SWFs are critical to global liquidity. Liquidity is measured in the availability of dollars for investment, and SWFs have a lot of those. Plus, they can lever up their reserves as well anybody, so their wealth represents a ton of potential collateral for whatever fractional reserve banking system they choose (most choose Eurodollars for extra yield…)

In addition, as they’ve grown more sophisticated, they’ve also become more directly involved in filling the demand for dollar denominated credit. Since the 2008 crash, the other systems ran into problems (we’ll discuss those in detail later in the series). The role of SWF grew even bigger, making it even more important to understand the forces that drive them.

In good times, SWFs collect and invest the excess wealth of commodity-exporting nations. However, if countries face a situation where their revenue fails to meet their expenses, they have only a few choices:

  1. Raise taxes
  2. Cut spending
  3. Issue debt
  4. Sell assets from their SWF to pay for spending

Options 3 and 4 are by far the most politically palatable. They’ll probably issue debt before selling off assets, but if these countries get to a certain point, then SWFs will be forced to sell off assets, just like anybody. SWFs then reverse from global liquidity providers to liquidity sinks. As they unwind their investments, the suck up dollars.

As Darth Macro calls out, even the BIS might not be realizing the impact that SWFs are having on the current liquidity environment.

Conditions for Sustaining the Petrodollar

The Petrodollar System relies on—and attempts to create—a relatively stable dollar-price of oil. The world is a complicated place, and a stable oil price cuts through the noise to deliver a single message: the dollar is a good store of value because you can always use it to buy oil when you need it (and you’re always going to need oil, right?)

If the dollar-price of oil is stable, then you can move all your wealth into US government bonds and collect the positive carry (as opposed to paying the negative carry to store oil)—without fear that you’re about to suffer some major capital-destruction through a currency devaluation. You don’t have to worry constantly about currency depreciation, technological advancement, new oil deposit discoveries, etc. You just watch the dollar-price of oil for warnings.

This is actually really important. I’ve spent the last 10 months studying macroeconomics and trading, trying to ramp up as fast as possible. I still don’t have a measure of inflation that I trust. I’m still struggling with relative fundamental valuations of currencies. I’m working hard at this, and finding firm footing is a rare occurrence. If you’ve got trillions of dollars of assets—and a country to run—how valuable would a single, simple, clear indicator be?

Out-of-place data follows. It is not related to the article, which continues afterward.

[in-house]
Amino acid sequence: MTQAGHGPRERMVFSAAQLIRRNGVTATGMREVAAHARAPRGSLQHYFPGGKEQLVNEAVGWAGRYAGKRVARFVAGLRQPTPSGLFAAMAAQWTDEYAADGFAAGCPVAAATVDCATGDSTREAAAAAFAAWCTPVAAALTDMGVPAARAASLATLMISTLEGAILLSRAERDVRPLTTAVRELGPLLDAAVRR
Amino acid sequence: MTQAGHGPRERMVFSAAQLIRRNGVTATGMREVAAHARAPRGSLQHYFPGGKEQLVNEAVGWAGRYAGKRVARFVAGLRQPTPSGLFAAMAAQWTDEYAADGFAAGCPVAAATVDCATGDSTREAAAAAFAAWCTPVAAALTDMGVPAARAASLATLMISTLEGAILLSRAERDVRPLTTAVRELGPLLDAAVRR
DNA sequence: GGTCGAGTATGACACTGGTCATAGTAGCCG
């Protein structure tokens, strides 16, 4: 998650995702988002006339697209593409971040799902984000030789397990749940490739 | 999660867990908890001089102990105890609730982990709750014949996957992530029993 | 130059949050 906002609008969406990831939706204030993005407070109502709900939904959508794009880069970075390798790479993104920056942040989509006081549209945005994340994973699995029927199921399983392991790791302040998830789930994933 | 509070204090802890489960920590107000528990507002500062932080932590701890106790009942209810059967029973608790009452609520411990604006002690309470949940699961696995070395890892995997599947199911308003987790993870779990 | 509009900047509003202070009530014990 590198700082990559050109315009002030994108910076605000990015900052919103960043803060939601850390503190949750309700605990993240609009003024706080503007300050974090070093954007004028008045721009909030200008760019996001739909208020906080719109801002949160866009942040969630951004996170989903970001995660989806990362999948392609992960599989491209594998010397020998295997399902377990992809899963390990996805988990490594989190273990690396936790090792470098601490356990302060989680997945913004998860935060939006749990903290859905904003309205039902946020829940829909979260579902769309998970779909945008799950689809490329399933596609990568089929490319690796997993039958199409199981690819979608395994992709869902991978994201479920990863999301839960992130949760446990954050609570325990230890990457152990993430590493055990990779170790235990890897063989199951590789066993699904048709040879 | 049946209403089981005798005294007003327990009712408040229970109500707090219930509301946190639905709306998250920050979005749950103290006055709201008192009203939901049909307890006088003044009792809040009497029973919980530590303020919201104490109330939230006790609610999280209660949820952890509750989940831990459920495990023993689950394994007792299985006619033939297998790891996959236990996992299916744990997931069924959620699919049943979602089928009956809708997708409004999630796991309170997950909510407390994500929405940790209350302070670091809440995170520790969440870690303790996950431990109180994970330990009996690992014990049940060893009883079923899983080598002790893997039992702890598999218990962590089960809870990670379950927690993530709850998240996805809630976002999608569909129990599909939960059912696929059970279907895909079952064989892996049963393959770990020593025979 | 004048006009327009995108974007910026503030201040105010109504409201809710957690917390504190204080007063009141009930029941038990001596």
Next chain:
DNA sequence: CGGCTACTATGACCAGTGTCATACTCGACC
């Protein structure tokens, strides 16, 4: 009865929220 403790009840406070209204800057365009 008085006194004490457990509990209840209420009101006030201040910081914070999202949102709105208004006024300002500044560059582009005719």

The dollar-price of oil is just that. As Luke Gromen point out, from 1986 to 1999, a US Treasury bond maintained an incredibly stable value of 55–60 barrels of oil per bond. That’s the kind of stability that lets a sheik sleep at night. It also let the US issue debt at lower interest rates than anyone else.

On the flip side, if the price of oil becomes unstable, people start to fear they’re selling valuable commodities for so much paper. They also worry that all the wealth they’ve saved up over decades is about to become worthless. It’s critical that the dollar-price of oil remain stable, so the world can trust the dollar.

Given the logic of the Petrodollar System, there seem to be 5 major conditions required to maintain a stable dollar-price:

1. The demand for oil must grow in proportion to the creation of credit-money

A) The demand for oil cannot fall too far behind the creation of credit-money.

If this condition is violated, the dollar-price of oil collapses. Oil-exporting economies see their revenues slashed and are forced to raise taxes, cut spending, issue debt, or sell assets from the SWFs to make ends meet. They may also try to boost production, which only further lowers the price of oil. If the situation continues long enough, oil-exporting countries will be forced to cut spending, leading to potential civil unrest and disruption of supply, which could then cause a violation of condition 1B below.

Even before we get to that point, oil-exporting nations are likely to seek strategic answers to counter their losses, eroding their commitment to the Petrodollar System and potentially leading to geopolitical instability.

B) The demand for oil cannot outpace the creation of credit-money by too much.